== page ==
US8541581B2 (en) 2009-04-07 2013-09-24 Infinity Pharmaceuticals, Inc. Inhibitors of fatty acid amide hydrolase
US8546564B2 (en) 2009-04-07 2013-10-01 Infinity Pharmaceuticals, Inc. Inhibitors of fatty acid amide hydrolase
WO2014085434A1 (en) 2012-11-27 2014-06-05 Pontificia Universidad Catolica De Chile Compositions and methods for diagnosing thyroid tumors
US8808986B2 (en) 2008-08-27 2014-08-19 Gen9, Inc. Methods and devices for high fidelity polynucleotide synthesis
EP2851091A1 (en) 2007-04-13 2015-03-25 Dana-Farber Cancer Institute, Inc. Methods for treating cancer resistant to ERBB therapeutics
US9187413B2 (en) 2010-07-28 2015-11-17 The Regents Of The University Of California Peripherally restricted FAAH inhibitors
US9216414B2 (en) 2009-11-25 2015-12-22 Gen9, Inc. Microfluidic devices and methods for gene synthesis
US9290798B2 (en) 2009-12-08 2016-03-22 Affymetrix, Inc. Manufacturing and processing polymer arrays
US9476868B2 (en) 2009-12-23 2016-10-25 Hill's Pet Nutrition, Inc. Compositions and methods for diagnosing and treating kidney disorders in a canine
US9745255B2 (en) 2011-08-19 2017-08-29 The Regents Of The University Of California Meta-substituted biphenyl peripherally restricted FAAH inhibitors
US9752176B2 (en) 2011-06-15 2017-09-05 Ginkgo Bioworks, Inc. Methods for preparative in vitro cloning
US9822068B2 (en) 2014-04-07 2017-11-21 The Regents Of The University Of California Inhibitors of fatty acid amide hydrolase (FAAH) enzyme with improved oral bioavailability and their use as medicaments
US9845494B2 (en) 2006-10-18 2017-12-19 Affymetrix, Inc. Enzymatic methods for genotyping on arrays
US9902993B2 (en) 2012-01-30 2018-02-27 Olink Proteomics Ab Hyperthermophilic polymerase enabled proximity extension assay
US9968902B2 (en) 2015-11-20 2018-05-15 Gen9, Inc. Microfluidic devices and methods for gene synthesis

Families Citing this family (24)

* Cited by examiner, † Cited by third party
Publication number Priority date Publication date Assignee Title
US5840484A (en) * 1992-07-17 1998-11-24 Incyte Pharmaceuticals, Inc. Comparative gene transcript analysis
US6114114A (en) * 1992-07-17 2000-09-05 Incyte Pharmaceuticals, Inc. Comparative gene transcript analysis
JPH08506175A (en) * 1992-10-01 1996-07-02 コールド・スプリング・ハーバー・ラボラトリー Combinatorial chemistry libraries of complex encoded by the tag
US5738996A (en) * 1994-06-15 1998-04-14 Pence, Inc. Combinational library composition and method
US5663046A (en) * 1994-06-22 1997-09-02 Pharmacopeia, Inc. Synthesis of combinatorial libraries
US5695934A (en) * 1994-10-13 1997-12-09 Lynx Therapeutics, Inc. Massively parallel sequencing of sorted polynucleotides
US5846719A (en) 1994-10-13 1998-12-08 Lynx Therapeutics, Inc. Oligonucleotide tags for sorting and identification
US5604097A (en) * 1994-10-13 1997-02-18 Spectragen, Inc. Methods for sorting polynucleotides using oligonucleotide tags
US5985356A (en) * 1994-10-18 1999-11-16 The Regents Of The University Of California Combinatorial synthesis of novel materials
EP1401850A1 (en) 2001-06-20 2004-03-31 Nuevolution A/S Nucleoside derivatives for library preparation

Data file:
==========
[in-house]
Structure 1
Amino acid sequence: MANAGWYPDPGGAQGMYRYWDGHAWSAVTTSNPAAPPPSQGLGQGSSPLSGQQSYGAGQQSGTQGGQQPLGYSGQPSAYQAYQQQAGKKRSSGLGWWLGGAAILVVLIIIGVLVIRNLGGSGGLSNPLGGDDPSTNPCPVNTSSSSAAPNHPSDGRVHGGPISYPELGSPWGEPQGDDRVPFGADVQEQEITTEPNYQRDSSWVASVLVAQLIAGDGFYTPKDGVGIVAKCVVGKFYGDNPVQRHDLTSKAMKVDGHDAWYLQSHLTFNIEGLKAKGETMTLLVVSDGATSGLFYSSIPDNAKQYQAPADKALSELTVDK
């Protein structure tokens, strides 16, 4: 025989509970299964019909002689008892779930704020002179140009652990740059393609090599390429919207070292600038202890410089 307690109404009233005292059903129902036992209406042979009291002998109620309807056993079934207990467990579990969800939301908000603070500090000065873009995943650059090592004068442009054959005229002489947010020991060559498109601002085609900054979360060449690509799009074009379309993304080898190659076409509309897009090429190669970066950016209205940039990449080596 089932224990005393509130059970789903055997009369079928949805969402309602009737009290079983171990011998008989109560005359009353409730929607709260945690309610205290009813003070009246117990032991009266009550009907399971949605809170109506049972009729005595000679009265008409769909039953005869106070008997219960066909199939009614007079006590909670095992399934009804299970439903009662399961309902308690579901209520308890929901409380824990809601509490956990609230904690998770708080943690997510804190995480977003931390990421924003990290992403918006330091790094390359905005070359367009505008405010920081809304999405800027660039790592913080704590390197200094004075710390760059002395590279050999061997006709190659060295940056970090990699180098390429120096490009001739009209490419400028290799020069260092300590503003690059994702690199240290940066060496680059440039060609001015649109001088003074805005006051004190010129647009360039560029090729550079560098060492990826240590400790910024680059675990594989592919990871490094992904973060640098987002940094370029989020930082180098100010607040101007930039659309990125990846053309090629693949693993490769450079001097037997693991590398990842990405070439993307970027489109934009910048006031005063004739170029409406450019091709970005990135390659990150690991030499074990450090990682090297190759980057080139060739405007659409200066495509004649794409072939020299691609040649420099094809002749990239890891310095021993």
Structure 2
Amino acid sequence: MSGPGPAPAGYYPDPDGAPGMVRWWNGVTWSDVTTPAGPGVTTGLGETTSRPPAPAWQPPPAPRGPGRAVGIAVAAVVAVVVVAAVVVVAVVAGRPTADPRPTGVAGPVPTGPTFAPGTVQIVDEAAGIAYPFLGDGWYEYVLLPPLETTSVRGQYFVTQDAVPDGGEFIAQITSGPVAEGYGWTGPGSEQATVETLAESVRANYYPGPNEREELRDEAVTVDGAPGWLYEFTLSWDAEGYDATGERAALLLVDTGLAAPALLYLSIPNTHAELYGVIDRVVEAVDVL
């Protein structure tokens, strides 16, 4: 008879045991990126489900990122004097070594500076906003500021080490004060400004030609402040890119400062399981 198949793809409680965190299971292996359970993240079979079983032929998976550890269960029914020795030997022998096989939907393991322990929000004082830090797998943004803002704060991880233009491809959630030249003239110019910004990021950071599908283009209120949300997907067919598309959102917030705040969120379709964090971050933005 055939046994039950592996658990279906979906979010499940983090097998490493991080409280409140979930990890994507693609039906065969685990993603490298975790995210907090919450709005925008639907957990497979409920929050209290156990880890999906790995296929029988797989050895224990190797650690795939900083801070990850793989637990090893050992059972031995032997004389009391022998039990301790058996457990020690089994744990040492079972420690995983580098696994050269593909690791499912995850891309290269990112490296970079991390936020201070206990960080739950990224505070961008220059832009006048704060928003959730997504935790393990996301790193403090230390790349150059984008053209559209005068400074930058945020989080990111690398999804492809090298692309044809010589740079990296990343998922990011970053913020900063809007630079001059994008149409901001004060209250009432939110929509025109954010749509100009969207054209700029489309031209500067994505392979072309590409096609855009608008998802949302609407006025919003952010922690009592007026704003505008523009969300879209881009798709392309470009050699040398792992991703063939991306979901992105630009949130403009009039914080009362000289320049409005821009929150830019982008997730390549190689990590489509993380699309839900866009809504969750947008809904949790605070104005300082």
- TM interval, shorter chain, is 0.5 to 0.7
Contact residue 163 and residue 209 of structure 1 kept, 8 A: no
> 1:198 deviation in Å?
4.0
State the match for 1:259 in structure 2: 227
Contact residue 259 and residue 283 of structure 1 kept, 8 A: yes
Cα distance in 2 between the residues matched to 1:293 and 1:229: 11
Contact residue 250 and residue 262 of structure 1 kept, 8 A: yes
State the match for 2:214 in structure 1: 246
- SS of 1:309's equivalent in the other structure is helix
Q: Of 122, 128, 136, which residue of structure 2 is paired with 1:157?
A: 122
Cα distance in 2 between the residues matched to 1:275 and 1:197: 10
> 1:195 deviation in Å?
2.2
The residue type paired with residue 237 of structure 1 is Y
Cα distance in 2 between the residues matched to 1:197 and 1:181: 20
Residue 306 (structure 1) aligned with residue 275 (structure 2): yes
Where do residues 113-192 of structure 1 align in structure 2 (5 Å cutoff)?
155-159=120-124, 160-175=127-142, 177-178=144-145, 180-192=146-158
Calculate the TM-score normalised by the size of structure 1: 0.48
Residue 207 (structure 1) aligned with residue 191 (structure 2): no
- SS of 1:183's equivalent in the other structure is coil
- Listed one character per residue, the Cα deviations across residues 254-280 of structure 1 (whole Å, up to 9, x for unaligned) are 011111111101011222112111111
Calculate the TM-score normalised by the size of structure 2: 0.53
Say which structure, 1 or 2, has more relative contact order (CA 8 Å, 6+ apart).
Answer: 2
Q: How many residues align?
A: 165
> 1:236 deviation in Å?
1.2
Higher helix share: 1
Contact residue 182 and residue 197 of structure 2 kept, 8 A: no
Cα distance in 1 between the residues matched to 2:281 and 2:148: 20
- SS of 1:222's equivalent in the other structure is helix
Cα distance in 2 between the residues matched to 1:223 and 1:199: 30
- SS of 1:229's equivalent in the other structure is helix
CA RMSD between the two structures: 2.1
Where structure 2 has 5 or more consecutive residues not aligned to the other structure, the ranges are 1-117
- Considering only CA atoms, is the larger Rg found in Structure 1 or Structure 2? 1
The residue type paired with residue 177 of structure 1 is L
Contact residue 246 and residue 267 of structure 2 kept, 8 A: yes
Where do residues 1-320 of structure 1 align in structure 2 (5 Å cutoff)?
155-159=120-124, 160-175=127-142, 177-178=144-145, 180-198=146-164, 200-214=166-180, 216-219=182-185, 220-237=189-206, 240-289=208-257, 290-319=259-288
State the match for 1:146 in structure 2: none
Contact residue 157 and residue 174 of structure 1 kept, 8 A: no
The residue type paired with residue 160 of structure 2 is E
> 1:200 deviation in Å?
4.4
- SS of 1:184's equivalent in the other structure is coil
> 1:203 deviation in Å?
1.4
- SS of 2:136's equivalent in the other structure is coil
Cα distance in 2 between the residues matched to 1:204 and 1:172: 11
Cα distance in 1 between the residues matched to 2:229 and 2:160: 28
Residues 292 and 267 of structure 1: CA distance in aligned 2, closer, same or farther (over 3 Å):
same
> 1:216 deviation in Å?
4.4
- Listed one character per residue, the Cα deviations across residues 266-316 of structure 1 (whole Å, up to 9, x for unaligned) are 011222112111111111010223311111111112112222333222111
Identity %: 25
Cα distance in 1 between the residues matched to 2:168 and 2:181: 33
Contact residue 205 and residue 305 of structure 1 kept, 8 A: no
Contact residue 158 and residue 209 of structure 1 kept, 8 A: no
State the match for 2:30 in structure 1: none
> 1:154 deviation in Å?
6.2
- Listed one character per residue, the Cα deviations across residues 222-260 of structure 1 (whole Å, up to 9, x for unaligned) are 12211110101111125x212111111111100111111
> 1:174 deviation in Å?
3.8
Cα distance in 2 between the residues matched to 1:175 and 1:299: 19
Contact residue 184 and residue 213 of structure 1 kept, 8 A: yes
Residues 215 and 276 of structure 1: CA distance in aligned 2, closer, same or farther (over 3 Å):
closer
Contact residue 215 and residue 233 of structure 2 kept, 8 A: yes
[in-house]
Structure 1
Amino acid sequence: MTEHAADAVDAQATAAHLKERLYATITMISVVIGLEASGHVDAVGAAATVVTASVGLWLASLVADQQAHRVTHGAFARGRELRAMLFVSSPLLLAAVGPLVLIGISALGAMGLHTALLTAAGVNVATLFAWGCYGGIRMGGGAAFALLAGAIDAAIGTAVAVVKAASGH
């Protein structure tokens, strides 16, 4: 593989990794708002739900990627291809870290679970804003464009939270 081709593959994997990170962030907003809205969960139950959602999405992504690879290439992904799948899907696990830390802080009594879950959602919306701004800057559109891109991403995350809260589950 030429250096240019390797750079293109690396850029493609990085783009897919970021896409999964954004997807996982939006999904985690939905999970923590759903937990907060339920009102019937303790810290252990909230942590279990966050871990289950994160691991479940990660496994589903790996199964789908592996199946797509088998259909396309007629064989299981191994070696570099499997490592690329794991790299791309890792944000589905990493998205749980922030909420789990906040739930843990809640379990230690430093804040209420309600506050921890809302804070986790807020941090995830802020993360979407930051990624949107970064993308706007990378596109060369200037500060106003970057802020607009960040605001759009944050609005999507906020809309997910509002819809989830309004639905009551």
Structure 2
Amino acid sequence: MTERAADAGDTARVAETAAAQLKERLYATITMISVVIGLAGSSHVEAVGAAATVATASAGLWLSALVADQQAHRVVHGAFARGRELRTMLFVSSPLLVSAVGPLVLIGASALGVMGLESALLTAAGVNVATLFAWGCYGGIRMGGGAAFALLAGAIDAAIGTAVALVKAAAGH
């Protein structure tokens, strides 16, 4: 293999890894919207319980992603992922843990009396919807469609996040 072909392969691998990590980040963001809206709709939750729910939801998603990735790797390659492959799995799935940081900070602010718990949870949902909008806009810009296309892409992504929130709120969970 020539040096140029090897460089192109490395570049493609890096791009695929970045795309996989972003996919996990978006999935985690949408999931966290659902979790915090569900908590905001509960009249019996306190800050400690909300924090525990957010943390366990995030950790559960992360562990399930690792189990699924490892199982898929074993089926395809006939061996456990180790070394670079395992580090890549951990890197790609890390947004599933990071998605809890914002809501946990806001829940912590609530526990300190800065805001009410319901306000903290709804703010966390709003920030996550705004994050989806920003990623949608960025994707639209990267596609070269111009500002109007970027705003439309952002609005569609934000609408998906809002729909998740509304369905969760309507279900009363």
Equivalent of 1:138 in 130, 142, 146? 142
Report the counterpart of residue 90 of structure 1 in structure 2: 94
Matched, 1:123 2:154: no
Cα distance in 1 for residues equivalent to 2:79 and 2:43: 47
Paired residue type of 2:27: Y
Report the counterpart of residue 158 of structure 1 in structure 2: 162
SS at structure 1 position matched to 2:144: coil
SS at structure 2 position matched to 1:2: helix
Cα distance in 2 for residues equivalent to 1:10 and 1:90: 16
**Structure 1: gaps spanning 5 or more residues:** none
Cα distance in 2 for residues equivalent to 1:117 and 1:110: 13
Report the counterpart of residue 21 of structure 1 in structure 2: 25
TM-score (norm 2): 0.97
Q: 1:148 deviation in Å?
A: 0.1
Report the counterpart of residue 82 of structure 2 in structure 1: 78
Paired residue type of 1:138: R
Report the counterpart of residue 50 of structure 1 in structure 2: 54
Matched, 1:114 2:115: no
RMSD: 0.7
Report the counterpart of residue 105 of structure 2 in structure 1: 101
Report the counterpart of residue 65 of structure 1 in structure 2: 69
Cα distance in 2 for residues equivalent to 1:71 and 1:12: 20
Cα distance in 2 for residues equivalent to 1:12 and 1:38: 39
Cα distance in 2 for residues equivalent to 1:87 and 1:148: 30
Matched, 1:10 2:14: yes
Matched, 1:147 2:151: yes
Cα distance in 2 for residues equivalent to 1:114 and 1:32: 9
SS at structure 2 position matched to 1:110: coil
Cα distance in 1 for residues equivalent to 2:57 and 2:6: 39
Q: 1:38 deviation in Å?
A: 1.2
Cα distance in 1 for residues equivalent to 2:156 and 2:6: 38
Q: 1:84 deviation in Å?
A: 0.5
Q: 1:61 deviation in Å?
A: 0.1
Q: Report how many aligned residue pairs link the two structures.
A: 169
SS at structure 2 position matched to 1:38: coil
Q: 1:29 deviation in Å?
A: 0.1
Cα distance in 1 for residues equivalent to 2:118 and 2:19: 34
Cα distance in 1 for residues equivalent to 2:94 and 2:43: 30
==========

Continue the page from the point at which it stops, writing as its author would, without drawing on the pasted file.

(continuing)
CN101006177B (en) 2002-03-15 2011-10-12 纽韦卢森公司 An improved method for synthesising templated molecules
DK1558744T3 (en) 2002-10-30 2011-10-10 Nuevolution As enzymatic coding
WO2004056994A3 (en) 2002-12-19 2004-08-12 Nuevolution As Quasirandom structure and function guided synthesis methods
WO2004074429A3 (en) 2003-02-21 2004-09-30 Nuevolution As Method for producing second-generation library
DK2341140T3 (en) 2005-12-01 2017-11-06 Nuevolution As A process for enzymatically encoding the efficient synthesis of large libraries
US8158444B2 (en) 2006-10-06 2012-04-17 Sirigen, Inc. Fluorescent methods and materials for directed biomarker signal amplification
CA2749281C (en) 2009-01-22 2016-11-29 Momenta Pharmaceuticals, Inc. Galactose-alpha-1, 3-galactose-containing n-glycans in glycoprotein products derived from cho cells
US9074258B2 (en) 2009-03-04 2015-07-07 Genomedx Biosciences Inc. Compositions and methods for classifying thyroid nodule disease
CA2753916A1 (en) 2009-04-29 2010-11-04 Genomedx Biosciences Inc. Systems and methods for expression-based classification of thyroid tissue
US8969509B2 (en) 2009-06-26 2015-03-03 Sirigen, Inc. Signal amplified biological detection with conjugated polymers
EP2499245B1 (en) 2009-11-11 2016-09-14 Momenta Pharmaceuticals, Inc. Glycosyl transferase from chinese hamster and related methods
WO2011091086A1 (en) 2010-01-19 2011-07-28 Sirigen Inc. Novel reagents for directed biomarker signal amplification
CA2791905A1 (en) 2010-03-01 2011-09-09 Caris Life Sciences Luxembourg Holdings, S.A.R.L. Biomarkers for theranostics
EP2556172A4 (en) 2010-04-06 2013-10-30 Caris Life Sciences Luxembourg Holdings Circulating biomarkers for disease

Citations (5)

* Cited by examiner, † Cited by third party
Publication number Priority date Publication date Assignee Title
WO1986000991A1 (en) * 1984-07-24 1986-02-13 Commonwealth Serum Laboratories Commission Method for determining mimotopes
US4689405A (en) * 1983-01-20 1987-08-25 Gesellschaft Fur Biotechnologische Forschung Mbh (Gbf) Process for the simultaneous synthesis of several oligonucleotides on a solid phase
WO1990015070A1 (en) * 1989-06-07 1990-12-13 Affymax Technologies N.V. Very large scale immobilized peptide synthesis
US4979824A (en) * 1989-05-26 1990-12-25 Board Of Trustees Of The Leland Stanford Junior University High sensitivity fluorescent single particle and single molecule detection apparatus and method